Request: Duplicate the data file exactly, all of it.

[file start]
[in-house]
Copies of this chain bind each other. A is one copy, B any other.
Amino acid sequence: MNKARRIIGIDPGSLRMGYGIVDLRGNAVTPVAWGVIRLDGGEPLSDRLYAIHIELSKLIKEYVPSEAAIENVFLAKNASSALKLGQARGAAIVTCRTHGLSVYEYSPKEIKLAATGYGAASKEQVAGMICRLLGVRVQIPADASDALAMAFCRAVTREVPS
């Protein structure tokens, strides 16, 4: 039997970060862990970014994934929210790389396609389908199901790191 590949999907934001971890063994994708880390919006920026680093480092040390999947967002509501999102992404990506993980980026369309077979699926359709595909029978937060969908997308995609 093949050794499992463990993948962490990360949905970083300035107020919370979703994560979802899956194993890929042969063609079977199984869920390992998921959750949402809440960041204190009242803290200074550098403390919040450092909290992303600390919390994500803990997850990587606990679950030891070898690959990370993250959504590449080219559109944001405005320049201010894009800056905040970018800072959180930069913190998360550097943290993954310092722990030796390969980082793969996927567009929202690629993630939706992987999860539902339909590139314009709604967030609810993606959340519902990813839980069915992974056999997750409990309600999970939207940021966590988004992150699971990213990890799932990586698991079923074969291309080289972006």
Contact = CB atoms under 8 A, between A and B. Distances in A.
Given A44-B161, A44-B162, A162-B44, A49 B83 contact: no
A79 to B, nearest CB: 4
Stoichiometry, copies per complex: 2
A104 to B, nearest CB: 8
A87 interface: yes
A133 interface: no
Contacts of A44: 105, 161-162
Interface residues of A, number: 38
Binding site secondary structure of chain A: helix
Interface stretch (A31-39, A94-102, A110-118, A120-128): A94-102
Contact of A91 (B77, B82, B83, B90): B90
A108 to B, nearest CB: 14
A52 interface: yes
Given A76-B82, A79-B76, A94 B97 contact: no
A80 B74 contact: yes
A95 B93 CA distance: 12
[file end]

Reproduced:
[in-house]
Copies of this chain bind each other. A is one copy, B any other.
Amino acid sequence: MNKARRIIGIDPGSLRMGYGIVDLRGNAVTPVAWGVIRLDGGEPLSDRLYAIHIELSKLIKEYVPSEAAIENVFLAKNASSALKLGQARGAAIVTCRTHGLSVYEYSPKEIKLAATGYGAASKEQVAGMICRLLGVRVQIPADASDALAMAFCRAVTREVPS
């Protein structure tokens, strides 16, 4: 039997970060862990970014994934929210790389396609389908199901790191 590949999907934001971890063994994708880390919006920026680093480092040390999947967002509501999102992404990506993980980026369309077979699926359709595909029978937060969908997308995609 093949050794499992463990993948962490990360949905970083300035107020919370979703994560979802899956194993890929042969063609079977199984869920390992998921959750949402809440960041204190009242803290200074550098403390919040450092909290992303600390919390994500803990997850990587606990679950030891070898690959990370993250959504590449080219559109944001405005320049201010894009800056905040970018800072959180930069913190998360550097943290993954310092722990030796390969980082793969996927567009929202690629993630939706992987999860539902339909590139314009709604967030609810993606959340519902990813839980069915992974056999997750409990309600999970939207940021966590988004992150699971990213990890799932990586698991079923074969291309080289972006």
Contact = CB atoms under 8 A, between A and B. Distances in A.
Given A44-B161, A44-B162, A162-B44, A49 B83 contact: no
A79 to B, nearest CB: 4
Stoichiometry, copies per complex: 2
A104 to B, nearest CB: 8
A87 interface: yes
A133 interface: no
Contacts of A44: 105, 161-162
Interface residues of A, number: 38
Binding site secondary structure of chain A: helix
Interface stretch (A31-39, A94-102, A110-118, A120-128): A94-102
Contact of A91 (B77, B82, B83, B90): B90
A108 to B, nearest CB: 14
A52 interface: yes
Given A76-B82, A79-B76, A94 B97 contact: no
A80 B74 contact: yes
A95 B93 CA distance: 12